My history buddy, Susan with the Friends of the Ballard Locks, sent out an email reminding me that November 27th this year, besides being the biggest shopping day, is also designated as the “National Day of Listening” sponsored by the Story Corps. The object of the National Day of Listening is to encourage you to take an hour and record the memories of a relative or friend. They tell you how to go about recording it or just taking notes and if you like, submit it to Story Corps. If you have never checked out the Story Corps website or listened to one of their broadcasts on NPR, then I highly encourage you to do so. I believe that everyone has an interesting story to tell, if you just ask the right questions.
I have some experience with this. In 2007, I took the opportunity to interview my dad. He’s a Korean War veteran with the 187th Airborne and I wanted to record his experiences in the army. Admittedly, I had to ask him three times before he would sit down with a tape recorder going, but he did it. I was motivated to get his story by an oral history class I had taken and the knowledge that we are losing so many veterans every day. There are projects all over the country to record veteran’s oral history interviews, the two most prominent being the Veteran’s History Project at the Library of Congress, and my favorite, the Veteran’s Survey Program at the Army’s Heritage and Education Center in Carlisle, PA. Long story short (too late!), I did the interviews and wrote an article about his experiences that the History Channel Magazine was gracious enough to print.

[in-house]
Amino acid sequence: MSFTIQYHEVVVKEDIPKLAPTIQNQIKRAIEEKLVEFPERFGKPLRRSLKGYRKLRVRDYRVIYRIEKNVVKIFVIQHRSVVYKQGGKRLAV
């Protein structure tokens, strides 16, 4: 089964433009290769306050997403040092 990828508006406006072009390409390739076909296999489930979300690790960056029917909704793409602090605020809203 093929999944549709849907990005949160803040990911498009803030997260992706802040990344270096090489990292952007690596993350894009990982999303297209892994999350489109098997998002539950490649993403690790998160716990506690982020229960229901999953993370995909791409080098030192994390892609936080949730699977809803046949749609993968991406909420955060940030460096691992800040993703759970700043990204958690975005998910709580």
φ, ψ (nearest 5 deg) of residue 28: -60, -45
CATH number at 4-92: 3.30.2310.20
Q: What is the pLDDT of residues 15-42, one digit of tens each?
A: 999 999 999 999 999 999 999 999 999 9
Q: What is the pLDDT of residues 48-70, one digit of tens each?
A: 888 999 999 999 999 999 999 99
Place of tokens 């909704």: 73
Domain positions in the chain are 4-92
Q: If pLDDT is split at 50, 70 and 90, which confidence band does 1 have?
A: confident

However, he had more interesting experiences with history than I, or he, realized. I don’t really remember how it came up in conversation, but I asked what it was like during the Cuban Missile Crisis in 1962 (I was only about a year and a half old at the time). He told me that he was working in a grocery store in Hollywood, California at the time. Sure enough, the American public was in a panic about the possibility of a nuclear war. There was a run on the grocery store with people buying up everything they could to stock up for the apocalypse they thought was on the way. Dad told me he had to stay at the store for 4 nights stocking the shelves as quickly as they could unload the trucks. Moreover, the punch line was that after the crisis was over, many people tried to return all of the groceries they had bought!
My dad didn’t think that story was very historically significant. However, all I had ever read about the crisis was the political side and the military side. There might have been a mention of a terrified public, but my dad’s story put a face on that aspect of the event. It made it real.
Therefore, during the holidays, when you have your extended family around the house, and the meal is over and everyone is sitting around talking. Take the time to ask the questions. And listen.